The Patient Safety Movement Foundation (PSMF) announces that it launched the PatientAider app for iPhone and Android users. Now available for download in the Apple App Store and Google Play Store, PatientAider is designed to cut through confusing medical jargon to provide plain-English explanations of medical terms, protocols, and risks that hospital patients may encounter. The unique, easy-to-use app was designed by Mari Miceli, a registered nurse, and developed by John McConnell. Miceli generously donated PatientAider to the PSMF.
A valuable source of medical information, PatientAider offers clinically curated content to help patients and their loved ones navigate their hospital care.
PatientAider app features include:
- Strategies for communication with nurses and doctors
- Information about common medical errors made in hospitals
- Helpful videos from clinical experts
- Links to dive more deeply into each topic
- Stress-reduction techniques
“We are excited to launch the PatientAider app and hope it will empower patients with its easily accessible format,” said Joe Kiani, Founder of the Patient Safety Movement Foundation. “On behalf of the Patient Safety Movement, I would like to thank Mari Miceli and John McConnell for their innovative thinking and generosity in enabling us to place this important resource in the hands of patients and their advocates. It’s with the generosity of volunteers like Mari and John, that we have been able to make so much progress towards our goal of zero preventable hospital deaths by 2020.”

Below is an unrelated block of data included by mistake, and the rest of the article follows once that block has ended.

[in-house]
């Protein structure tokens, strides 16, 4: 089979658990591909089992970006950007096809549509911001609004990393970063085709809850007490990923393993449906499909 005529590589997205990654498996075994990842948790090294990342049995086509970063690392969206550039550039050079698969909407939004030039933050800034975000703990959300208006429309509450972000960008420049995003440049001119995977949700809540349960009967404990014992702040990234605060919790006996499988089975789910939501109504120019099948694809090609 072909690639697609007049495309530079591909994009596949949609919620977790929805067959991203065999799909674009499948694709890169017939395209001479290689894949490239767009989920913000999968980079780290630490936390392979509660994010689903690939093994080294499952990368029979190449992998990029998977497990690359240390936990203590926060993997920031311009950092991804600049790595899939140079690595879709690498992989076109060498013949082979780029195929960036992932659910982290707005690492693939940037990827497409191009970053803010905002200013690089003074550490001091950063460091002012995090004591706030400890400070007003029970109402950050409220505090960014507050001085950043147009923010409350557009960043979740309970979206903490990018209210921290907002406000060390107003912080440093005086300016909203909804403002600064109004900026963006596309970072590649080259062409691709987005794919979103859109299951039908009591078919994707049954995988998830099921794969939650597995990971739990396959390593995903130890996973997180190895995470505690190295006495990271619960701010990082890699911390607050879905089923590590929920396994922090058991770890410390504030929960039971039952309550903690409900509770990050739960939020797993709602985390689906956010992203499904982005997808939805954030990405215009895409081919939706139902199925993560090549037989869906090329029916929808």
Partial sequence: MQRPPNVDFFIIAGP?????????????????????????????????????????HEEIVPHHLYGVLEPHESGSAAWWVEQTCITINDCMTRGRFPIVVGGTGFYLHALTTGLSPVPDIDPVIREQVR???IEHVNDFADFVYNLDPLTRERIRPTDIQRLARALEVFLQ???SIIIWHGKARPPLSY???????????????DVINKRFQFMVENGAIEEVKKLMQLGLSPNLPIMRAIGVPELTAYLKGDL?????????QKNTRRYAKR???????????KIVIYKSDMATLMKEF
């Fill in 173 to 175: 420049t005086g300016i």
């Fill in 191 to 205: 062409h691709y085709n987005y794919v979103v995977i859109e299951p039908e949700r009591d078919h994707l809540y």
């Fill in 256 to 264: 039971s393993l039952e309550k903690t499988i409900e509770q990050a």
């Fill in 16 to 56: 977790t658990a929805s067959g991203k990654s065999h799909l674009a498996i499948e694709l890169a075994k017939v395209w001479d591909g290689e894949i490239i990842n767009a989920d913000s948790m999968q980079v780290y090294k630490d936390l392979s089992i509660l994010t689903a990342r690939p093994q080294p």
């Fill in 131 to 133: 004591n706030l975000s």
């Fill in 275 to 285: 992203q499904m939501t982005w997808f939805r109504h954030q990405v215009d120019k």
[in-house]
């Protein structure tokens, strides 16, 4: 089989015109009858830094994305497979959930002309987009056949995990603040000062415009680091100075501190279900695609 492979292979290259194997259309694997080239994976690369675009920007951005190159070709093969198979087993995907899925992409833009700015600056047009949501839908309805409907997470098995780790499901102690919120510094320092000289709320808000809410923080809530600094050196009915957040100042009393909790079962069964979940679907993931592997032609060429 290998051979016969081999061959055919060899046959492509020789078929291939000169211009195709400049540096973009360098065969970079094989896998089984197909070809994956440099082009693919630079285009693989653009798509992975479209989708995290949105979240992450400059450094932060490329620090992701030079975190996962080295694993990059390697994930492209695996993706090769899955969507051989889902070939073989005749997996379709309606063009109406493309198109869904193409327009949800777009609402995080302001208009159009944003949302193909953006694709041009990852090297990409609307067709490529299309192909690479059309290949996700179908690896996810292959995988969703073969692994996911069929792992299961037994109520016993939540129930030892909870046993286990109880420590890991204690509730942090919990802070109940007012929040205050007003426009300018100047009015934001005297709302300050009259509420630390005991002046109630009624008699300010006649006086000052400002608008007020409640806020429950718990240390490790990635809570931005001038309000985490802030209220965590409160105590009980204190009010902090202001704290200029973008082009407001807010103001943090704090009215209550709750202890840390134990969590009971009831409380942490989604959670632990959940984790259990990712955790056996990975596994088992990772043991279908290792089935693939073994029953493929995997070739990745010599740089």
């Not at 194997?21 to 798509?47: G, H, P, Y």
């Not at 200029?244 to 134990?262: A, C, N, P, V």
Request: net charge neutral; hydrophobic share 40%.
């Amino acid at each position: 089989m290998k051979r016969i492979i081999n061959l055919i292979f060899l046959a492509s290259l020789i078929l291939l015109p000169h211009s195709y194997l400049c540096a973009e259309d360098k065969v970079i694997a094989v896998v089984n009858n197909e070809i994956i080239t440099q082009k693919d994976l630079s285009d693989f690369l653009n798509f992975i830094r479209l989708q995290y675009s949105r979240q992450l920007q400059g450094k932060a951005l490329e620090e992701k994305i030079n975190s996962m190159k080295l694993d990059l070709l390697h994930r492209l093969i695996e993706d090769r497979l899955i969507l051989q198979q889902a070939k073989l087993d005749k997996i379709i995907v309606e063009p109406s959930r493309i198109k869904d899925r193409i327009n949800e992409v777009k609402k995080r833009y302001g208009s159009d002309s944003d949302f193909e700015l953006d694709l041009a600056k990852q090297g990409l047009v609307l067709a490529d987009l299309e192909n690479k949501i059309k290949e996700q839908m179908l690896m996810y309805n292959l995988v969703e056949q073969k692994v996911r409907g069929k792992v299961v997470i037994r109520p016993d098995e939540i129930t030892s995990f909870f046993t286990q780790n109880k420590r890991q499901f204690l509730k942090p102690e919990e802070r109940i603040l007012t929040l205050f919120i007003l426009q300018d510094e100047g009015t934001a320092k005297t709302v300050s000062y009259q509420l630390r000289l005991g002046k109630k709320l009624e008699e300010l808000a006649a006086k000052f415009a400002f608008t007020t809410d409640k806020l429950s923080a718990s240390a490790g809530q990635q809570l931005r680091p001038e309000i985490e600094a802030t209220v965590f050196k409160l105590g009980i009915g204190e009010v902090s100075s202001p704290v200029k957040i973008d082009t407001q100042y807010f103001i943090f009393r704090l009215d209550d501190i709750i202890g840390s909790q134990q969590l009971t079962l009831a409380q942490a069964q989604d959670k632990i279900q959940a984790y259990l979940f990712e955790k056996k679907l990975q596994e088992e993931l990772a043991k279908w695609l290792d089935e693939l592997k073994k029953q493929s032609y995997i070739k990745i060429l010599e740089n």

“I only wish PatientAider had been around when I was visiting provider after provider three and a half years ago, fighting for my life,” said Victoria Baskett, a patient advocate and founder of Victoria Baskett Patient Safety Foundation. “This innovation will be the breakthrough that many patients and advocates need when wondering what is the first or next question to ask, or where to turn for help and information.”
“As a clinician, I have seen patients struggle to understand the complex world of healthcare,” said hospital administrator Gwen Cox. “PatientAider is a simple, yet powerful tool that patients, families, and their advocates can use to educate themselves about patient safety and to use that knowledge to become an active participant in their care.”
“The patient is the most valuable member of any healthcare team. Patient participation is key, and it is often limited by a person’s understanding of their diagnosis and plan of care,” said patient advocate Misti Baskett. “The PatientAider app facilitates knowledge and assists the patient and provider in sharing the same goals in their treatment plan to improve patient outcomes. With the app, patients can prepare the questions they need to ask their doctors prior to their appointment time. It is my hope that PatientAider becomes an indispensable household tool that educates everyone on the importance of patient participation.”